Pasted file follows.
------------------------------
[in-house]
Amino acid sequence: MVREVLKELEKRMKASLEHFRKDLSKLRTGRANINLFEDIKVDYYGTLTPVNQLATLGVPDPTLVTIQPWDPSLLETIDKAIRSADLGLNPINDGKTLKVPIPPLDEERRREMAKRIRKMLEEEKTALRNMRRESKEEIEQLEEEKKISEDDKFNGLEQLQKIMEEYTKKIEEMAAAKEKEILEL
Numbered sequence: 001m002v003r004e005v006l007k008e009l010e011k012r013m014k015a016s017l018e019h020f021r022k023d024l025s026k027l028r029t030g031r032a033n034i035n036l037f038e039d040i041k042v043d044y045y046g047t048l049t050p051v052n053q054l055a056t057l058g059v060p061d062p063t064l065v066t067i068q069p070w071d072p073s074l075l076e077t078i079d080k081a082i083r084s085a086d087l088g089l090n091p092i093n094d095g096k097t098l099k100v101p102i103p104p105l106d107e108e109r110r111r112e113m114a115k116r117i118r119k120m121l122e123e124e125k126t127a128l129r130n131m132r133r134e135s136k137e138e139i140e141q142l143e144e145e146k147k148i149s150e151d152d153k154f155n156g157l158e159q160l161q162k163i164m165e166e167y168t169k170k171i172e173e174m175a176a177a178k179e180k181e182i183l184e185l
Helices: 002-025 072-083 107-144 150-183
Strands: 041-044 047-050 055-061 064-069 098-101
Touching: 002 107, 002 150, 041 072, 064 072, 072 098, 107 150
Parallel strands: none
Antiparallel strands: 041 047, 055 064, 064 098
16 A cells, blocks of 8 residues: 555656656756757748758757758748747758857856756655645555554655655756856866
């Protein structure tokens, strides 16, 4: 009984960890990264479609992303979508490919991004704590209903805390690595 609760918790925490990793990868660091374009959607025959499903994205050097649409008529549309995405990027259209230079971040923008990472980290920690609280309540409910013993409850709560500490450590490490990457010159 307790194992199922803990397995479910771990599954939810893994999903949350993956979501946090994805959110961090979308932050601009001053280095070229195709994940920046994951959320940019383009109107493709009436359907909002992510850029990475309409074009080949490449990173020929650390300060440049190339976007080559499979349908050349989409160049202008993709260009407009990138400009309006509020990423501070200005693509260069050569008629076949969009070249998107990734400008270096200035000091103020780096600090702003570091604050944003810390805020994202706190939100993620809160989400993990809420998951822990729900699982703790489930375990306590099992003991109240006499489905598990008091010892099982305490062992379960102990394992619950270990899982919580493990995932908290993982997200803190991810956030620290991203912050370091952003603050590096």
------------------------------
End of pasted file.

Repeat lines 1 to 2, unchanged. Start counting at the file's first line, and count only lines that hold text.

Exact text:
[in-house]
Amino acid sequence: MVREVLKELEKRMKASLEHFRKDLSKLRTGRANINLFEDIKVDYYGTLTPVNQLATLGVPDPTLVTIQPWDPSLLETIDKAIRSADLGLNPINDGKTLKVPIPPLDEERRREMAKRIRKMLEEEKTALRNMRRESKEEIEQLEEEKKISEDDKFNGLEQLQKIMEEYTKKIEEMAAAKEKEILEL